This book tells the untold true story of Monty Parker, a British rogue nobleman who, after being dared to do so by Ava Astor, the so-called "most beautiful woman in the world," headed a secret 1909 expedition to find the fabled Ark of the Covenant.
For fans of Raiders of the Lost Ark, there’s something just as exciting as seeing Indiana Jones swashbuckling his way through the jungles in search of treasure. That thing is hearing Dr. Henry Jones describe the history behind the Ark of the Covenant, and what makes it such a sought-after archeological find. That history is what makes Brad Ricca’s True Raiders such a fun read, even if it lacks the cinematic payoff of a Stephen Spielberg’s film ... Ricca manages to keep readers hooked with this true story that reads like a novel. It leaves readers wondering just how close the explorers get to finding this long-lost piece of history and just how far they’re willing to go to search for it.
True Raiders belongs to the genre of book where any shortcomings in the documentary record are smoothed over with abundant made-up stuff ... A camera’s-eye narrative traces details no camera would have seen, and conversations among long-dead people have stage directions written in ... For those of us with strict and intolerant standards for nonfiction, this obviously unverifiable stuff tends to unsuspend disbelief, sending one hurrying to the endnotes to try to get a feel for how far beyond the source texts things have strayed ... But facts truly are stubborn things, and their stubbornness has a peculiar effect here. Despite the showmanship, there is something deeply non-cinematic about True Raiders. It hops among places, times, and points of view not so much to guide a scripted plot through its storyboard as to chase the available material where it happens to go—regardless of how near to, or far from, the Ark it may be ... The story is most absorbing when the source material pulls it in the other direction—when it turns away from the magic-lantern show of well-known history, slips past the shifty and ignorant British treasure chasers and their exploited workers, and descends into the caves and tunnels with Father Louis-Hugues Vincent, a real archaeologist and Dominican priest in Jerusalem.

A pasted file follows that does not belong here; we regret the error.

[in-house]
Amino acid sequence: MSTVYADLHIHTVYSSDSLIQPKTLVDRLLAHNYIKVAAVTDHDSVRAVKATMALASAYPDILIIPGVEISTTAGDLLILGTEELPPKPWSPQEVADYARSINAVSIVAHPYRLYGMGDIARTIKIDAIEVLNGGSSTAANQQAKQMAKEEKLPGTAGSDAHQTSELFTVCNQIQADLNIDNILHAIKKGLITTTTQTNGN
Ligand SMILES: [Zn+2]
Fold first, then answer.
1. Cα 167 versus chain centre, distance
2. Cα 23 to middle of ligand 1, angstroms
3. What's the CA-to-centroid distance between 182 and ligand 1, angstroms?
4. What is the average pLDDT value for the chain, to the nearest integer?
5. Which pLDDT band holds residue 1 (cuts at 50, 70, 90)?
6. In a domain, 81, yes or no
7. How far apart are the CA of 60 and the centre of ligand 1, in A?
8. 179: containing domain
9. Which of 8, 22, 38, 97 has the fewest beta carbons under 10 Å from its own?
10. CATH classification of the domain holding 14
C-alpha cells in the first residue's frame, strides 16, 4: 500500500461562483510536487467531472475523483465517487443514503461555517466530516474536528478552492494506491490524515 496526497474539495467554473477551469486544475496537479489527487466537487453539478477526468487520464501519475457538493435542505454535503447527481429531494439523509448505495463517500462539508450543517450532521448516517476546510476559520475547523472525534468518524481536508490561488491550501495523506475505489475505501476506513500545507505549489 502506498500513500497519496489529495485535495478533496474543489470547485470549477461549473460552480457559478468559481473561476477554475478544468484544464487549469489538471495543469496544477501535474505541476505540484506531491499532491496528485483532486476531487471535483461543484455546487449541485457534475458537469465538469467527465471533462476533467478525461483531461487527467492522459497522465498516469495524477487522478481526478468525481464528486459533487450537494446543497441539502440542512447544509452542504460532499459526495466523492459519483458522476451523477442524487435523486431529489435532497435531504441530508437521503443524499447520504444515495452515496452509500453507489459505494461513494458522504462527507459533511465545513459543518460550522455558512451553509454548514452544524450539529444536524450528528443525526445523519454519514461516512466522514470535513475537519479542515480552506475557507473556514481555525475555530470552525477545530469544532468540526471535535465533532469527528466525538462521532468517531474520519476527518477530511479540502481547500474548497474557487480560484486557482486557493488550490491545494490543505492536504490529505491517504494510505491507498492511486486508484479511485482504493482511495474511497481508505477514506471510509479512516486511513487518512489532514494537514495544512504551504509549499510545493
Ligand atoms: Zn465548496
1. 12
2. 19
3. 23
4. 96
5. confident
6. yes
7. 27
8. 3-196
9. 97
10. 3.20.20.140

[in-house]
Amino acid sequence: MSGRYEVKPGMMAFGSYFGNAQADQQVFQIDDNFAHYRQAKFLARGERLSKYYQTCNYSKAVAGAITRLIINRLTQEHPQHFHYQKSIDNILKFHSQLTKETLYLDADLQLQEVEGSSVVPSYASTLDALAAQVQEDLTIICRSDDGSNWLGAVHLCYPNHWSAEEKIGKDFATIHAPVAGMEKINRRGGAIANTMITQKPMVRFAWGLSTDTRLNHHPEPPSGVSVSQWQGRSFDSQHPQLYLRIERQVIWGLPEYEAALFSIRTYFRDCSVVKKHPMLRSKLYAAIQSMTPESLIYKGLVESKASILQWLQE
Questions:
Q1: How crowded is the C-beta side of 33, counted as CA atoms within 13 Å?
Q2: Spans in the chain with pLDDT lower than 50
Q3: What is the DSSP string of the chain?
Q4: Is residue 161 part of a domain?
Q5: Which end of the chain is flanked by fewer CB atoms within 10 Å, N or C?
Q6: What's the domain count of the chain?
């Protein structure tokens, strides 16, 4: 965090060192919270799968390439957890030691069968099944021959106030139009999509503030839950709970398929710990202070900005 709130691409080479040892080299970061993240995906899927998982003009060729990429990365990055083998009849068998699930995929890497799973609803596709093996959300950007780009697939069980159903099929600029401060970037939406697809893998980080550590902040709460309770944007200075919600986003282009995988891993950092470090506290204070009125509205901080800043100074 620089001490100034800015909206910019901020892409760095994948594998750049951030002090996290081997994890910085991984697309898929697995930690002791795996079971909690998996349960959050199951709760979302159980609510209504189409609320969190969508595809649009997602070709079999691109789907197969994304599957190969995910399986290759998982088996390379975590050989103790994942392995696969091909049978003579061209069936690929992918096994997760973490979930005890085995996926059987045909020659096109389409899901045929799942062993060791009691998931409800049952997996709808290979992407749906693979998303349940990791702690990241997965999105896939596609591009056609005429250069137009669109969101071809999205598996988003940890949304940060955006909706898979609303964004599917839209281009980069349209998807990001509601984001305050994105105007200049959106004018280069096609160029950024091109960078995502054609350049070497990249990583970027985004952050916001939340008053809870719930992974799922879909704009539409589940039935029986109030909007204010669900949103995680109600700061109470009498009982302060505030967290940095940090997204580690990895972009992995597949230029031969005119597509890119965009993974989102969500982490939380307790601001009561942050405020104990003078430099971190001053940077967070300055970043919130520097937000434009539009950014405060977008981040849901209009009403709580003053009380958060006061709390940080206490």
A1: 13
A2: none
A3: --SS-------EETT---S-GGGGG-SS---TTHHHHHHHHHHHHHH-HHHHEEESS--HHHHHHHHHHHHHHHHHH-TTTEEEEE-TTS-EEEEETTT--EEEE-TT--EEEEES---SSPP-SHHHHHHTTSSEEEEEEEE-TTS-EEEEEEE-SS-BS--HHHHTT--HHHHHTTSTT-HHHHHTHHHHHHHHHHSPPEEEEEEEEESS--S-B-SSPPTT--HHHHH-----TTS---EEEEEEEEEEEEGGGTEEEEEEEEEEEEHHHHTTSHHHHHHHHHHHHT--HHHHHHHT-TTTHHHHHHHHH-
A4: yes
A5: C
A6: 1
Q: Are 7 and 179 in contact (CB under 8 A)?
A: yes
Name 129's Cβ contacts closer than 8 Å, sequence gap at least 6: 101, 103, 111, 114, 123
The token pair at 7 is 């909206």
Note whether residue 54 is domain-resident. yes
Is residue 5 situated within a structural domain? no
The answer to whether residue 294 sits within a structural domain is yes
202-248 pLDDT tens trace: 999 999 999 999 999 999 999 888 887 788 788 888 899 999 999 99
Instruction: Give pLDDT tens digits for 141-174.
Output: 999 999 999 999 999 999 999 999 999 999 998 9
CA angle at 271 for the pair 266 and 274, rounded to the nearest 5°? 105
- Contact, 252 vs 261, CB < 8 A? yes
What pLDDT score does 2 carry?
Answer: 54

The story of the expedition has the elements of a good thriller—desperate characters, hidden tunnels, an ancient code, and intrigues among the treasure hunters themselves—and aims for a cinematic feel ... Mr. Ricca has done extensive research (there are 29 pages of end notes). But he never manages to make the story gel. Part of the difficulty stems from his disjointed narrative. His many-sided approach jumps back and forth between different characters and between different time periods, recounting what is going on in the moment but seldom pulling back to offer a wider perspective. Too much of the book is taken up with nose-to-the-wall descriptions of digging by candlelight in various exotic caves—the Virgin’s Fountain, Warren’s Shaft, the Pool of Siloam. After a while, one dark, wet, claustrophobic underground chamber starts to resemble the next. At a time when the news brings a succession of stories about Western museums repatriating objects to various countries in Africa and Asia, the depiction of a group of wealthy Europeans intent on taking the Ark home exerts only a limited claim on the reader’s sympathies. Then there are the characters themselves. With the notable exception of Father Vincent, it’s hard to root for any of them ... The story doesn’t so much conclude as run out of steam.